Deep vein thrombosis and its treatment in questions and answers.


Authors: M. Berková;  Z. Berka;  E. Topinková
Published in: Geriatrie a Gerontologie 2016, 5, č. 1: 19-27
Category: Review Article

Overview

Deep vein thrombosis (DVT) affects 1–2 people out of 1000 per year. It is 10x more common among elderly people than among people under the age of 30. Deep vein thrombosis most commonly affects distal parts of the deep vein system (calves and under the knee). The diagnostic method of choice is ultrasound examination. Pharmacological therapy of DVT is based on anticoagulation therapy: heparin, low molecular weight heparin, pentasaccharides (currently unavailable in the Czech Republic), for long term therapy, warfarin is available, along with new peroral anticoagulants. Hirudin-based drugs and argatroban remain reserved for certain specific conditions – for example for heparin-induced type II thrombocytopenia. In indicated cases of DVT, intervention treatment is used (local thrombolysis, endovascular procedures with special catheters for fragmentation and aspiration of thrombi or stent implantations). When treating DVT, non-pharmacological measures are essential – in haemodynamically stable patients, an early mobilisation is possible, as soon as pain passes, using bandages, compression garments or in bed-ridden patients, plantar flexion. For patients treated with warfarin, we do not recommend the “warfarin diet”, but a diet with a constant supply of nutrients. The length of pharmacotherapy depends on the aetiology of the disease – secondary DVT is treated for a minimum of 3 months, idiopathic for at least 6 months and patients with persisting pro-thrombotic condition and repeated DVTs are treated perpetually. Even in spite of efficient anticoagulation therapy, chronic post-thrombotic syndrome develops in up to 50 % of patients, especially in cases of proximal DVT. HIT II represents a specific issues, caused by antibodies against heparin with platelet factor 4, which form roughly since the 4th day of heparin therapy and lead to serious intravascular thromboses. It occurs in 1–3 % patients treated with non-fractioned heparin and in less than 0.1% people treated with low molecular weight heparin. A 30 % or higher decrease of thrombocytes is typical for this condition. This is why examinations of the level of thrombocytes are necessary while patients are on heparin, every other day, between the 4th and 14th day of the treatment. Idiopathic phlebothrombosis can be a symptom of a hidden malignancy in almost 10 % of elderly patients. When looking for a malignancy in cases of seemingly idiopathic DVT, we focus on diligently examining the patient’s medical history, physical examinations, basic haematological and biological examinations and x-rays of the chest. Further examinations of the urogenital system and colonoscopies are recommended in patients over a certain age, in case the patient has not undergone these examinations as a part of routine preventive examination or if a malignancy is suspected based on the basis of the prior examinations. The most common malignancies discovered this way include leukaemia, urogenital and gastrointestinal tumours.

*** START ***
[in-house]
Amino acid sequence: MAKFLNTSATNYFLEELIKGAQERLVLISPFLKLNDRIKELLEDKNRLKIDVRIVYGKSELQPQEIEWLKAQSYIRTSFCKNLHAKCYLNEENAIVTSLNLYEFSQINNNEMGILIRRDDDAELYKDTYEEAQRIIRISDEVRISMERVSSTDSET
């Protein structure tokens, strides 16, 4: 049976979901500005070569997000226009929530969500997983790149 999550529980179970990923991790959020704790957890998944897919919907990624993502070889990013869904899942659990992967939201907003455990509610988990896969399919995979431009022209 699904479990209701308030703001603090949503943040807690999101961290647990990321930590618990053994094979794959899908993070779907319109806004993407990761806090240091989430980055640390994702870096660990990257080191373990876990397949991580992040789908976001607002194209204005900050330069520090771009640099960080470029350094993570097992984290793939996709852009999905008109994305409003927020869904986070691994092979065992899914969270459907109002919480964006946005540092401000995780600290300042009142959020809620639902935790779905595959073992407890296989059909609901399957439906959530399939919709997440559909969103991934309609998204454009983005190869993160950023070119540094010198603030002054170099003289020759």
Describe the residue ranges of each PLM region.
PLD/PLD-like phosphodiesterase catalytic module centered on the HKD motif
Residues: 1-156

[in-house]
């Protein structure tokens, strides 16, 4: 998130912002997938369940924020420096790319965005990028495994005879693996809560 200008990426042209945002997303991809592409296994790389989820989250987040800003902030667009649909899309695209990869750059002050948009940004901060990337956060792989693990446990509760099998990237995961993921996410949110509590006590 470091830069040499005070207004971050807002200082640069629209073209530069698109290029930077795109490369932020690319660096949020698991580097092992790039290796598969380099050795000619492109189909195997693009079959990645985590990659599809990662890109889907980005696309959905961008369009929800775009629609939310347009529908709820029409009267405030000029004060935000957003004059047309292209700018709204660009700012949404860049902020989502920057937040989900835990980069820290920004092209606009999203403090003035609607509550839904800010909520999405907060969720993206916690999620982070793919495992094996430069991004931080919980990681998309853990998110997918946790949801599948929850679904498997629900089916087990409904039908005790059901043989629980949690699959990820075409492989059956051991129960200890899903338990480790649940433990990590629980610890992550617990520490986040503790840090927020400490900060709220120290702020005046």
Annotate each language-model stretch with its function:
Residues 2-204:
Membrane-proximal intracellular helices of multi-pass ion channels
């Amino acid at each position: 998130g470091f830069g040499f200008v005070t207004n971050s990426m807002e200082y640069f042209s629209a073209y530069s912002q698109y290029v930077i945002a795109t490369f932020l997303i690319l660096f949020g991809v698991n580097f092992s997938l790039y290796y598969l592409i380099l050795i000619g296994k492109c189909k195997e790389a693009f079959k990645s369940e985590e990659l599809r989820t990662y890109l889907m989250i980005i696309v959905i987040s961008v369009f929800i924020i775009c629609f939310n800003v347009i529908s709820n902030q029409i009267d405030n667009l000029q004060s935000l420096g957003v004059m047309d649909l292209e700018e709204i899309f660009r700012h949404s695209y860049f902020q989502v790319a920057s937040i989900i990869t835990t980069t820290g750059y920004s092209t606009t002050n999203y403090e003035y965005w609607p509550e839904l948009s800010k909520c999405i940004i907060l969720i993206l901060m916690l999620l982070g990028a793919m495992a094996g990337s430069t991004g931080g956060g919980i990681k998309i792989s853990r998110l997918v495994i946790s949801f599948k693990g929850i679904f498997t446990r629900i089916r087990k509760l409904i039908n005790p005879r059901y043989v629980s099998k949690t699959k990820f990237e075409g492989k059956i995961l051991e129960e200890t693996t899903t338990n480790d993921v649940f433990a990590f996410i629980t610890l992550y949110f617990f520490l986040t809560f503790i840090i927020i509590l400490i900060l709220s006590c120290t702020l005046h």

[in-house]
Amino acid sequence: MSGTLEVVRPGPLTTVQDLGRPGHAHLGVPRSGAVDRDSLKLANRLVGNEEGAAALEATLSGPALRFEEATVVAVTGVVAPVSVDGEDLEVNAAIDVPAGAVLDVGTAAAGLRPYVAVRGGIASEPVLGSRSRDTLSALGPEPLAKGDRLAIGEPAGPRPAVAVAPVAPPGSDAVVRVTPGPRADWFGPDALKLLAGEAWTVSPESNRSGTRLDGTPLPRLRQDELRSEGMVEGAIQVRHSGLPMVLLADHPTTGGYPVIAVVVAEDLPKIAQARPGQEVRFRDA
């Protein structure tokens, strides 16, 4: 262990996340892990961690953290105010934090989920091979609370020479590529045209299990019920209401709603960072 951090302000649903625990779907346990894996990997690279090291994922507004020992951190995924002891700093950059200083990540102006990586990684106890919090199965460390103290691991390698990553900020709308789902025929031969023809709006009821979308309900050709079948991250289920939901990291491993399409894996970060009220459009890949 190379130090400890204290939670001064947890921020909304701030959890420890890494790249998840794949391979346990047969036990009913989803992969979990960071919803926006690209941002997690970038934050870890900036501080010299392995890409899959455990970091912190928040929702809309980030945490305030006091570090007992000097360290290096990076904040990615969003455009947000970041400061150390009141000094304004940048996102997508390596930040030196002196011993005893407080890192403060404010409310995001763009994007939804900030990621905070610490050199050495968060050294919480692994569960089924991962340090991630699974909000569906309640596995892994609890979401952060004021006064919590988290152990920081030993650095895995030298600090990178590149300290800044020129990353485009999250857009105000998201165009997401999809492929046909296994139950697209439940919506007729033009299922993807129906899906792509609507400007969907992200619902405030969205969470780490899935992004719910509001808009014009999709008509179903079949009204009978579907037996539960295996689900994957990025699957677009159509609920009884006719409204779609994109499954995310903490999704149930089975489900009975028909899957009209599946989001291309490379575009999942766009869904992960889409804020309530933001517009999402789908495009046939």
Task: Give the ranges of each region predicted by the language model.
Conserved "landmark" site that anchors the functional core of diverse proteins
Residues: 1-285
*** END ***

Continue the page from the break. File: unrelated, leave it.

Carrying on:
KEYWORDS:
deep vein thrombosis – diagnostics – treatment – advanced age


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Labels
Geriatrics General practitioner for adults Orthopaedic prosthetics
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